28 Jan 2021
Please note this is an online event and will require you to use the video conferencing system Zoom.
These events are free however donations are greatly appreciated.
Our climate is changing at an unprecedented pace.
Rising sea levels, floods and droughts, and dramatic loss of the cryosphere in the Arctic and Antarctica will affect everyone on the planet. Yet Indigenous Peoples as well as many poorer countries, with lower carbon outputs, will be impacted more than others.
One of the key ways of addressing climate injustice is with a concerted and collaborative global conversation. Join Chair of the Inuit Circumpolar Council, Dr Dalee Sambo Dorough, and Namibian youth advocate for sustainable development, Deon Shekuza, as they explore effective climate justice. This event is chaired by Professor Paul Ekins, Director of the UCL Institute for Sustainable Resources.
Part of the public programme accompanying the Citi exhibition Arctic: culture and climate at the British Museum (22 October 2020 – 21 February 2021), this event is presented in collaboration with the British Academy.
To attend this online event
Click 'Book now' to secure your place. We are hosting the event on Zoom – a free video conferencing system that requires users to register in advance. If you do not already use Zoom, you can sign up using this registration link.
If the event is fully booked, or you do not wish to use Zoom, you can also watch the event streamed live – as well as other events in the series – by subscribing to the Museum's live events YouTube channel.
This event includes live captioning delivered by Stagetext.
About the speakers
Dr Dalee Sambo Dorough is the Chair of the Inuit Circumpolar Council (ICC), an organisation, founded in 1977, to represent the rights and interests of Inuit throughout Greenland, Canada, Alaska and Chukotka Russia. Dr Dorough is an Inuk from Alaska, where she has been active in international relations, international law and international human rights law, as well as Alaska Native self-determination. On behalf of the Arctic region, she is presently a member of the Facilitative Working Group, a constitutive body within the UNFCCC. She holds a PhD from the University of British Columbia, Faculty of Law (2002), and an MA in Law and Diplomacy from The Fletcher School at Tufts University (1991). Dr Dorough served as an Expert Member of the UN Permanent Forum on Indigenous Issues and is presently the co-chair of the International Law Association Committee on Implementation of the Rights of Indigenous Peoples. Her professional research and interests focus upon Indigenous human rights and a host of issues critical to the Arctic region.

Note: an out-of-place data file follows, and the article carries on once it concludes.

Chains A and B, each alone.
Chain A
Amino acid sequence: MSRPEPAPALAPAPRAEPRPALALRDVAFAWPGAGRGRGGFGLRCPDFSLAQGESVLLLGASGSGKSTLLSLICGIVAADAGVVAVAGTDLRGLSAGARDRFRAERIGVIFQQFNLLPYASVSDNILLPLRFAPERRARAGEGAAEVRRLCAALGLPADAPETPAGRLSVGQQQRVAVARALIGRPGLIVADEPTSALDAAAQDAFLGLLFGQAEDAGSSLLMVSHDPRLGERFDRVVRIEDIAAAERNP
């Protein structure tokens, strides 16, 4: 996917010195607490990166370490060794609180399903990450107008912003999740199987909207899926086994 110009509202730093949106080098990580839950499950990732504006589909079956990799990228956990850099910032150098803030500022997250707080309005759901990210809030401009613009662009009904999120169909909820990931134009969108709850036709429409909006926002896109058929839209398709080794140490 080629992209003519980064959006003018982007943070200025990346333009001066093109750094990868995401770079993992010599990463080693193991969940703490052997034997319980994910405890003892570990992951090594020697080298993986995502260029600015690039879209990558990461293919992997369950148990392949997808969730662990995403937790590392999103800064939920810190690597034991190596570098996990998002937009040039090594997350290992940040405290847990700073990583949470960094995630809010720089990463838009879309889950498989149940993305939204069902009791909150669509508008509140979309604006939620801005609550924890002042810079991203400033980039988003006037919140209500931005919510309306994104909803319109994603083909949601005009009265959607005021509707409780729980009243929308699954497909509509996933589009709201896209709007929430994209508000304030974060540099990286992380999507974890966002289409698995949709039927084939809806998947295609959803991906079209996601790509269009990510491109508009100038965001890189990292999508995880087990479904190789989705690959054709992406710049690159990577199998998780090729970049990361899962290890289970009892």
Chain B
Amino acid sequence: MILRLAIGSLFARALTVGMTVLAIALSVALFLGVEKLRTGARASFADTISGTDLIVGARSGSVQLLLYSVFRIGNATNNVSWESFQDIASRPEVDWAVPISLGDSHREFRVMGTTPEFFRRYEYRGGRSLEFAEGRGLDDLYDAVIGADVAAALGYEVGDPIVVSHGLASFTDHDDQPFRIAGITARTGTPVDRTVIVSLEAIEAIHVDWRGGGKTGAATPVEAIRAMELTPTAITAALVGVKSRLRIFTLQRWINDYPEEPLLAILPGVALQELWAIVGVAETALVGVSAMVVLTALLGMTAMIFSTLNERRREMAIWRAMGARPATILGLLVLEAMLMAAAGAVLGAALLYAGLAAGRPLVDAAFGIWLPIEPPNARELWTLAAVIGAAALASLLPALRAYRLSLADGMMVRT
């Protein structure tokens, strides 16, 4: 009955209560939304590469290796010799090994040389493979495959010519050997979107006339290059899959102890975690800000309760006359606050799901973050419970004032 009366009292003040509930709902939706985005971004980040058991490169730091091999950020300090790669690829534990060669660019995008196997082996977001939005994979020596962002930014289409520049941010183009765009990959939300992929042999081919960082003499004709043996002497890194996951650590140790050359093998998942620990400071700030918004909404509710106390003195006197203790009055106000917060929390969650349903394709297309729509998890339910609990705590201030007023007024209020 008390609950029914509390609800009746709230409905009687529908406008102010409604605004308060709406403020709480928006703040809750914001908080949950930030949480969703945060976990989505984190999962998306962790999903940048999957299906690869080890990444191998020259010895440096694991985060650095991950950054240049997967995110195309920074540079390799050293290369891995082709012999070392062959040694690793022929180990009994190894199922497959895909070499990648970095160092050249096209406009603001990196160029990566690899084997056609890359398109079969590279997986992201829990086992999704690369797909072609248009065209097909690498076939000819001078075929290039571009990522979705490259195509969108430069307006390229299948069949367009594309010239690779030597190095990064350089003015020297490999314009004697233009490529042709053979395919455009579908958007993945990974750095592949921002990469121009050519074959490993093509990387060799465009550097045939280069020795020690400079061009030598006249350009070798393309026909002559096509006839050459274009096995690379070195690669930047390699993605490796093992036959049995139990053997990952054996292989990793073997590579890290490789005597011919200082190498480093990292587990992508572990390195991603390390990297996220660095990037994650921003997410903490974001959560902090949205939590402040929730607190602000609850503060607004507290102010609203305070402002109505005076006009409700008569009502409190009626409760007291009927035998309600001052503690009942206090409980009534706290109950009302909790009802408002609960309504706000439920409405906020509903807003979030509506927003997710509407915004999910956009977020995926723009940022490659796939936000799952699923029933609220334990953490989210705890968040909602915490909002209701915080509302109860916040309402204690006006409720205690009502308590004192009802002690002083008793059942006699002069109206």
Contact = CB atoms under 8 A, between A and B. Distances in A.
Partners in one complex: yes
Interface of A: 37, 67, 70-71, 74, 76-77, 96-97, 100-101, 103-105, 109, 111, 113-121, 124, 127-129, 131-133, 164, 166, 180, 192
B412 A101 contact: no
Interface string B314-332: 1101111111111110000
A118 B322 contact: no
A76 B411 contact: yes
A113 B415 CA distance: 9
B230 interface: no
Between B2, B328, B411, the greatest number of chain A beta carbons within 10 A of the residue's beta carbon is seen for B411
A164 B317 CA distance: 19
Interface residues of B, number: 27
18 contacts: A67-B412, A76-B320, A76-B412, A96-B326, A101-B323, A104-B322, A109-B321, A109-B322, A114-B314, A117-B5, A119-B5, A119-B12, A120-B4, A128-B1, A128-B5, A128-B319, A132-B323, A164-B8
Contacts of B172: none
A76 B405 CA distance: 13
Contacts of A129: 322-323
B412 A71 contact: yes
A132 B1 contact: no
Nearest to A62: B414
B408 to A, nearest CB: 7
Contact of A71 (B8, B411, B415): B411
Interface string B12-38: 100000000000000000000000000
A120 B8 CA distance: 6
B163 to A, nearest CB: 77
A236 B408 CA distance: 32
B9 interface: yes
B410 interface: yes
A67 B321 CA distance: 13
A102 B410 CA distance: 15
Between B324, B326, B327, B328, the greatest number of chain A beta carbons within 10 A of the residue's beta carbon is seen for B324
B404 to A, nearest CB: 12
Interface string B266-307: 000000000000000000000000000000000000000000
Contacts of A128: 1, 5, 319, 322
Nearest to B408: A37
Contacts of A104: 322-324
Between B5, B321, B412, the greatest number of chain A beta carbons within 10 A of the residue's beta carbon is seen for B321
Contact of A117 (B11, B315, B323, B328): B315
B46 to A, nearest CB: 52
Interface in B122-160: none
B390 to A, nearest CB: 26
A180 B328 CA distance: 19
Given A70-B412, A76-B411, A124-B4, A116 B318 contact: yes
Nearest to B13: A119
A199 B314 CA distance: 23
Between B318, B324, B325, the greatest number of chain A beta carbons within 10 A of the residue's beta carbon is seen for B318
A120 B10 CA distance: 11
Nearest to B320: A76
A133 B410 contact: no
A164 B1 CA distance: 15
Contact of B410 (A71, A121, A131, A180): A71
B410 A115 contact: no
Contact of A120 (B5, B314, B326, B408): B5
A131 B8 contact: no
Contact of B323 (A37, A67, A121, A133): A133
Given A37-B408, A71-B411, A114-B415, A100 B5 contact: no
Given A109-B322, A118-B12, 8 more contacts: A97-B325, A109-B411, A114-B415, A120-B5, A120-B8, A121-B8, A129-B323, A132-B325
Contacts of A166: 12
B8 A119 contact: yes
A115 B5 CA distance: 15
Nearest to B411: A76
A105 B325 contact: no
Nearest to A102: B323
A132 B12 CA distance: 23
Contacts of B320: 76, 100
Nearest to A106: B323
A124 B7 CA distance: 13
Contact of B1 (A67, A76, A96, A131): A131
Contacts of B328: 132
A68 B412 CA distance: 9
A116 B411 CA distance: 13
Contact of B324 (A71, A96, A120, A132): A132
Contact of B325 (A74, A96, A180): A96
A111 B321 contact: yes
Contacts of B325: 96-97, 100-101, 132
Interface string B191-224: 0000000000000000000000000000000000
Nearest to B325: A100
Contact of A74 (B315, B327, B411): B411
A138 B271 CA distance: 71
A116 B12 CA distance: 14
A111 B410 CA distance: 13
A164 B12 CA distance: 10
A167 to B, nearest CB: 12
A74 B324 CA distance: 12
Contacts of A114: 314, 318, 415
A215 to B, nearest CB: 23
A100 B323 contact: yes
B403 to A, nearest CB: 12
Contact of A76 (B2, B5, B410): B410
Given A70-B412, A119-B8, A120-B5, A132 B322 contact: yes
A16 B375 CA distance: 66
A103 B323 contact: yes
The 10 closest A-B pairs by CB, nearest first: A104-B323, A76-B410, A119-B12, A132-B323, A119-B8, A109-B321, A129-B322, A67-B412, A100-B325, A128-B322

Deon Shekuza is a youth advocate working on sustainable development issues such as the UN's Sustainable Development Goals (SDGs) and African Union's Agenda 2063, a framework for guiding Africa's development in the next 50 years. He is active in the International Youth Climate Movement and forms part of the youth group that co-organised the first ever UN Youth Climate Summit in 2019. Shekuza co-founded the Namibian Youth on Renewable Energy, working to advance, and make mainstream, youth participation in the energy sector. He also co-founded the Namibian Youth Biodiversity Network and recently launched the Namibian Chapter of the Comprehensive Africa Agriculture Development Program (CAADP) Youth Network. Among many youth initiatives on sustainable development, Shekuza serves as a Policy and Technical Adviser to the Namibian Youth Coalition on Climate Change and is a member of the National Climate Change Committee of Namibia.
Paul Ekins has a PhD in economics from the University of London and is Professor of Resources and Environmental Policy and Director of the UCL (University College London) Institute for Sustainable Resources. From 2004 to 2014 he was a Co-Director of the UK Energy Research Centre, and from 2014 to 2019 its Deputy Director, leading on its Energy Resources theme, with research publications on low-carbon futures, fossil fuels and hydrogen. In 1994 Ekins received a Global 500 Award 'for outstanding environmental achievement' from the United Nations Environment Programme and in 2015 he was awarded an OBE for services to environmental policy.
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